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Pioneer Surgery in Kentucky A Sketch   By: (1826-1898)

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First Page:

PIONEER SURGERY IN KENTUCKY:

A SKETCH.

BY DAVID W. YANDELL, M. D.,

PROFESSOR OF CLINICAL SURGERY IN THE UNIVERSITY OF LOUISVILLE, KY; PRESIDENT OF THE AMERICAN SURGICAL ASSOCIATION.

LOUISVILLE:

PRINTED BY JOHN P. MORTON & COMPANY.

1890

THE PRESIDENT'S ADDRESS:

DELIVERED AT THE REGULAR ANNUAL MEETING OF THE

AMERICAN SURGICAL ASSOCIATION,

WASHINGTON, D.C., MAY 13, 1890.

PIONEER SURGERY IN KENTUCKY.

A SKETCH.

FELLOWS OF THE ASSOCIATION: In the endeavor to chronicle the lives and achievements of Kentucky Pioneers in Surgery, I shall not attempt the resurrection of village Hampdens or mute inglorious Miltons. The men with whom I deal were men of deeds, not men of fruitless promise.

It may with truth be said that from Hippocrates to Gross few in our profession who have done enduring work have lacked biographers to pay liberal tribute to their worth. In justice to the unremembered few, I turn back the records of medicine for a century, and put my finger upon two names that in the bustling march of science have been overlooked, while I try to set in fuller light two other names of workers in that day, which have and will hold an exalted place in history. The worthies to whom these names belong were pioneers in civilization as well as in surgery. I shall introduce them in the order of their work.

1806. The earliest original surgical work of any magnitude done in Kentucky, by one of her own sons, was an amputation at the hip joint. It proved to be the first operation of the kind in the United States. The undertaking was made necessary because of extensive fracture of the thigh with great laceration of the soft parts. The subject was a mulatto boy, seventeen years of age, a slave of the monks of St. Joseph's College. The time was August, 1806; the place, Bardstown; the surgeon, Dr. Walter Brashear; the assistants, Dr. Burr Harrison and Dr. John Goodtell; the result, a complete success. The operator divided his work into two stages. The first consisted in amputating the thigh through its middle third in the usual way, and in tying all bleeding vessels. The second consisted of a long incision on the outside of the limb, exposing the remainder of the bone, which, being freed from its muscular attachments, was then disarticulated at its socket.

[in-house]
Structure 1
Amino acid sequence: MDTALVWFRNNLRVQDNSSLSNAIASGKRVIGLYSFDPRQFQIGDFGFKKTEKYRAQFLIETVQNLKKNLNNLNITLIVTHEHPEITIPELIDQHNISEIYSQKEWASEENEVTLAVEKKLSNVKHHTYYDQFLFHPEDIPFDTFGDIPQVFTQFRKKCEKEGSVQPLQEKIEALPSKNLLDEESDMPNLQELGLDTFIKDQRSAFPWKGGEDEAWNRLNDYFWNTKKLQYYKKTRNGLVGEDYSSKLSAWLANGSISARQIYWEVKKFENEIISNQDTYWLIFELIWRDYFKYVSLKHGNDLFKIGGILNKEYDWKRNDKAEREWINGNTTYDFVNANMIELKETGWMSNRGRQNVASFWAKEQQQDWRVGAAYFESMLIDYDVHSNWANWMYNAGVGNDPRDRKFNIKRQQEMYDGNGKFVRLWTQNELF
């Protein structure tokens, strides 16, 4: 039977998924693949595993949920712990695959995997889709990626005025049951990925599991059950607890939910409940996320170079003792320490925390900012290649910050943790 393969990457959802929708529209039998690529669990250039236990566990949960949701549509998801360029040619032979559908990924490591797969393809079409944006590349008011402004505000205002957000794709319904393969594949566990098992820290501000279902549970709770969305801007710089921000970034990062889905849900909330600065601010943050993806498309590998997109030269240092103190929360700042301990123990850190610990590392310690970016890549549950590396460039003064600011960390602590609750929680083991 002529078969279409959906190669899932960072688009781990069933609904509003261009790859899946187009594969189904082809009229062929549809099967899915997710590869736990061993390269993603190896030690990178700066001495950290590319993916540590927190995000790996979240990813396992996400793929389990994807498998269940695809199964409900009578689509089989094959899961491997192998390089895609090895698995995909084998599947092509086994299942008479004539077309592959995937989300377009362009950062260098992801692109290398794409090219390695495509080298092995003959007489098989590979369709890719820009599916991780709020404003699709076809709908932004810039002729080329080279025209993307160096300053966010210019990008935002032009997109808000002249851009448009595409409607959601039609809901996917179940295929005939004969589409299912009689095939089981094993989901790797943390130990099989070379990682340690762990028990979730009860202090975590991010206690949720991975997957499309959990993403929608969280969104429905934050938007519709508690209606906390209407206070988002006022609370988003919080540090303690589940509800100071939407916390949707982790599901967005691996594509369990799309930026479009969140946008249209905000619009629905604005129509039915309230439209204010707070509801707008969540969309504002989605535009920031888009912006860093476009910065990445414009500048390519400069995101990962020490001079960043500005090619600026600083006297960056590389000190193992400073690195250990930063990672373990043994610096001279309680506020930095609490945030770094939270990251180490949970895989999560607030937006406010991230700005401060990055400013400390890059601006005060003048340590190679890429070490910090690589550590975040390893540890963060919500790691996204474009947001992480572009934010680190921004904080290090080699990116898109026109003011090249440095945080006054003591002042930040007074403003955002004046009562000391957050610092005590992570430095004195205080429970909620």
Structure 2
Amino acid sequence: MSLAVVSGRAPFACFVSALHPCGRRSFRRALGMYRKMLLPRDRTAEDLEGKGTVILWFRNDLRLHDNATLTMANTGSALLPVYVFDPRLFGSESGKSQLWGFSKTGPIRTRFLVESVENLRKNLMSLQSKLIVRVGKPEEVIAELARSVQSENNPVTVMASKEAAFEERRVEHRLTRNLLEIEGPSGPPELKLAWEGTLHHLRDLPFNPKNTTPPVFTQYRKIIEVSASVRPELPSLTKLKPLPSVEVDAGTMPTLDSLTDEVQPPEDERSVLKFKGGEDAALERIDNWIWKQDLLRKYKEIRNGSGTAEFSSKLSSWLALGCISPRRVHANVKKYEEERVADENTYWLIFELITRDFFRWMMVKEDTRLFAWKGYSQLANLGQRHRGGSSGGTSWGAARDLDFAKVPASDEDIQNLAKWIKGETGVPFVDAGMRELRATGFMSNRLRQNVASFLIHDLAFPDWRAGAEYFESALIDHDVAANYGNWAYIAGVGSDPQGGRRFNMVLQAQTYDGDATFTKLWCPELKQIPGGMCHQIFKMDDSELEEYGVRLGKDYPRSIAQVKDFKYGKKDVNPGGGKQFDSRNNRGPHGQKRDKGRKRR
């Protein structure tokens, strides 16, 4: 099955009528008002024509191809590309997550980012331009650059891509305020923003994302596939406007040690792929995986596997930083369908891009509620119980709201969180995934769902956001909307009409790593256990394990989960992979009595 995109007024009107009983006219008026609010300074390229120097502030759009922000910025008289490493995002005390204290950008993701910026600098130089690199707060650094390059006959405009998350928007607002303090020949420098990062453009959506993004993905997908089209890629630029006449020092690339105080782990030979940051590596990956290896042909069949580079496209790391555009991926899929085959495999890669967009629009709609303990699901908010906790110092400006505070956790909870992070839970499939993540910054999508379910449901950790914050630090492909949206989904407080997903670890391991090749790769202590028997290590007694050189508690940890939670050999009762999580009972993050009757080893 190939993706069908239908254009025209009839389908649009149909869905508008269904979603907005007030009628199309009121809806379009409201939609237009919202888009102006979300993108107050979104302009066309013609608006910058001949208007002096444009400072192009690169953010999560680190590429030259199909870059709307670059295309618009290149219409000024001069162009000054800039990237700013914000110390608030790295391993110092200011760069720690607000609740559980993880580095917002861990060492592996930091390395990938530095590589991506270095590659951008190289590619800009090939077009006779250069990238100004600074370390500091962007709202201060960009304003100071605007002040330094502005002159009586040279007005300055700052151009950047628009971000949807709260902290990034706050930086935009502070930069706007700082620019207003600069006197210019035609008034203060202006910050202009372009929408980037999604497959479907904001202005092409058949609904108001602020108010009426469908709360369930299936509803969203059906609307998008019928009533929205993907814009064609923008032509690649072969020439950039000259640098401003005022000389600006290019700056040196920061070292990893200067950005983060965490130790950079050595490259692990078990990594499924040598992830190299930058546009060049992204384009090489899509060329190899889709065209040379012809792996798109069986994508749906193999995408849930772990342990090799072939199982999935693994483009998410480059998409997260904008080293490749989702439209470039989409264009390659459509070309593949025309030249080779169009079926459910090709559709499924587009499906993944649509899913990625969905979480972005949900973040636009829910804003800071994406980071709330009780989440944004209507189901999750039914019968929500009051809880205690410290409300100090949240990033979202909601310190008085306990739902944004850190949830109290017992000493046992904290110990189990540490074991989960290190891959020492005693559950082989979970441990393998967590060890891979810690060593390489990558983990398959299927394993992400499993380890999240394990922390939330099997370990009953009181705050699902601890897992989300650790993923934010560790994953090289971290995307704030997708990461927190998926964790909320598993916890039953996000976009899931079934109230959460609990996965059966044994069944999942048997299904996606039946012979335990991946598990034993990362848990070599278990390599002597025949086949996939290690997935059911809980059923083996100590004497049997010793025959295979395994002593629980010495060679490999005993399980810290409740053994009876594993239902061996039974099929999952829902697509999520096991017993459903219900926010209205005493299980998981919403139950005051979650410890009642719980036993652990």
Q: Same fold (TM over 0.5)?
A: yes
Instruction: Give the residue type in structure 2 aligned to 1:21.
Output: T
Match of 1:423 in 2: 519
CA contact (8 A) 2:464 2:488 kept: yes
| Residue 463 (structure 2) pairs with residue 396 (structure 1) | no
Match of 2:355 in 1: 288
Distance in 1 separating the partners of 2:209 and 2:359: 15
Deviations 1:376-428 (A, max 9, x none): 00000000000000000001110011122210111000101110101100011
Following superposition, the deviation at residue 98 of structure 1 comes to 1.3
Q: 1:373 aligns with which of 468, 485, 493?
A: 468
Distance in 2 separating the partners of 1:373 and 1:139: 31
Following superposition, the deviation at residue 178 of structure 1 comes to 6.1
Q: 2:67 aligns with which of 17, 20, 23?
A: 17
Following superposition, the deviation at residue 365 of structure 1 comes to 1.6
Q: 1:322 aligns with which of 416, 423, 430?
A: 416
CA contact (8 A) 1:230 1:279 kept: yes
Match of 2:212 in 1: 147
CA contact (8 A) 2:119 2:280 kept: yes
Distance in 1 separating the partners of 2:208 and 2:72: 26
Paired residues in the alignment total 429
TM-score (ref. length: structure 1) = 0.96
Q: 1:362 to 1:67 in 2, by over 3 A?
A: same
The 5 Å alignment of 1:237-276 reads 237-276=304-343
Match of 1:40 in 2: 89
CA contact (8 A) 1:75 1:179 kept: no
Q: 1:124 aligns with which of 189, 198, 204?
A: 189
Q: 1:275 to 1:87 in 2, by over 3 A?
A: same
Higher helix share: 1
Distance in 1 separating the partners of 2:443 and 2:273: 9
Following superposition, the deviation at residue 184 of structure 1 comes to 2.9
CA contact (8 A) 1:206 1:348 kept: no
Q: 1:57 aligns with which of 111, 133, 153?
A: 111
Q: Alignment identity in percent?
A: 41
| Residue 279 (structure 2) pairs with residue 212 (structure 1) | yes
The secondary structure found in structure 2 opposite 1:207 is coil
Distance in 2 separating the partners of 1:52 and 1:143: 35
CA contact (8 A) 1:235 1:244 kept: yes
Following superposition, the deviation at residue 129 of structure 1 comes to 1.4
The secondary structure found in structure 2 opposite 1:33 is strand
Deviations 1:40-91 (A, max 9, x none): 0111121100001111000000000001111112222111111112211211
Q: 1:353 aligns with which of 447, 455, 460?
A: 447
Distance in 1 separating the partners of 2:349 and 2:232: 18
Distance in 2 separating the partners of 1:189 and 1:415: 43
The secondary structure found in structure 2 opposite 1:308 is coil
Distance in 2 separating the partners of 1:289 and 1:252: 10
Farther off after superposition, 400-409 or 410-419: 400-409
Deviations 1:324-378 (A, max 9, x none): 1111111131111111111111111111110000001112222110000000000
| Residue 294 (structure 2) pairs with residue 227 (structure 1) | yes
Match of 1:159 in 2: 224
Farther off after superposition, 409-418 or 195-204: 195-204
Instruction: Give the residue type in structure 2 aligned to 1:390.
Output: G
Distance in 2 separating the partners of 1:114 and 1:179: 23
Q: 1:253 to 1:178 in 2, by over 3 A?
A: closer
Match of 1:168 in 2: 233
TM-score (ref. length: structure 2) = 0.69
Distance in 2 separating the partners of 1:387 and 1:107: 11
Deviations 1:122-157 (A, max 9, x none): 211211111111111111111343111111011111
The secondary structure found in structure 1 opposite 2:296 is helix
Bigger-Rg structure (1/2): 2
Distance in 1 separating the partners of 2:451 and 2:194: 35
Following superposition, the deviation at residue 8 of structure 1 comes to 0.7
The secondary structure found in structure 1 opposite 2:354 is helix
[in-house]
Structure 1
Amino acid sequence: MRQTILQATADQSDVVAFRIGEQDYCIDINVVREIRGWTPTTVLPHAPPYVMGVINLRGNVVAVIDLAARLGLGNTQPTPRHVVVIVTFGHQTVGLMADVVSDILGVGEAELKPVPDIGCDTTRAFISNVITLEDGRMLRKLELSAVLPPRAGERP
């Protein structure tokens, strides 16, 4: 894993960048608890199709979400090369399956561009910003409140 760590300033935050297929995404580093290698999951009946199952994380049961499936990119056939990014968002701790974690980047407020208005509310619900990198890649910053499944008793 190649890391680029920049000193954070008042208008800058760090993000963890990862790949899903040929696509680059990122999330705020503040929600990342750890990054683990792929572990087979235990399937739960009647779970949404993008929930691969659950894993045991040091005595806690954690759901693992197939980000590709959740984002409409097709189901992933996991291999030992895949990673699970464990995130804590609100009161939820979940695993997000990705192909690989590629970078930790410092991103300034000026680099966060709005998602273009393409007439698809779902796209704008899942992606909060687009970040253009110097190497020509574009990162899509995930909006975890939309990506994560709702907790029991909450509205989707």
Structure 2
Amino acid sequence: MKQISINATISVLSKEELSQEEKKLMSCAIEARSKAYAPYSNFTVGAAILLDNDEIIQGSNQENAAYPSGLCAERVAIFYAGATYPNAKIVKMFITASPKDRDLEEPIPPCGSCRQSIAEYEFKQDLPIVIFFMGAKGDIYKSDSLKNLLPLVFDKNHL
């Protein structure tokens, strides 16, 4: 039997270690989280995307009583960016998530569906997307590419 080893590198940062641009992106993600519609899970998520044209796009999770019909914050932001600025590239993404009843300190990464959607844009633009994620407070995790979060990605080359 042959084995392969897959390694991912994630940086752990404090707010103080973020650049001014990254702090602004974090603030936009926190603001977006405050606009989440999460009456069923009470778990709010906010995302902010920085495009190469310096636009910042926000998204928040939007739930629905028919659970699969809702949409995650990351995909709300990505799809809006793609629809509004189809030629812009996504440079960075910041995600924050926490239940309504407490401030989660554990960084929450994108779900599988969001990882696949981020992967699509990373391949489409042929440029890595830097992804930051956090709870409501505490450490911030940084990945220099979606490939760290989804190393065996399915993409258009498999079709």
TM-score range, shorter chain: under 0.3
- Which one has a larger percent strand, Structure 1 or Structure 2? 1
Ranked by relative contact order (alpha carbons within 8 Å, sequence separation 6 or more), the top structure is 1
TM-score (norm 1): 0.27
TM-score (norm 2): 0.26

Far seeing as the eye of the frontiersman was, he could not have discerned that the procedure by which he executed the most formidable operation in surgery came so near perfection that it would successfully challenge improvement for more than fourscore years.

Hundreds of hips have since been amputated after some forty different methods; but that which he introduced has passed into general use, and (though now known under the name of Furneaux Jordan's) remains the simplest, the least dangerous, the best.

The first genuine hip joint amputation executed on living parts was done by Kerr, of Northampton, England, 1774. The first done for shot wounds was by Larrey, in 1793. I feel safe in saying that Brashear had no knowledge of either of these operations. He therefore set about his work without help from precedent, placing his trust in himself, in the clearness of his own head, in the skill of his own hands, in the courage of his own heart. The result shows that he had not overestimated what was in him. But whether or not Brashear had ever heard or read a description of what had been accomplished in this direction by surgeons elsewhere, the young Kentuckian was the first to amputate at the hip joint in America, and the first to do the real thing successfully in the world.

Dr. Brashear seems to have set no high estimate on his achievement, and never published an account of the case. Had he done so, the art of surgery would thereby have been much advanced, his own fame have been made one of the precious heritages of his country, and, what is better, many valuable lives would have been saved.

Eighteen years after the Jesuits' slave had survived the loss of his limb, the report of the much eulogized case of Dr... Continue reading book >>




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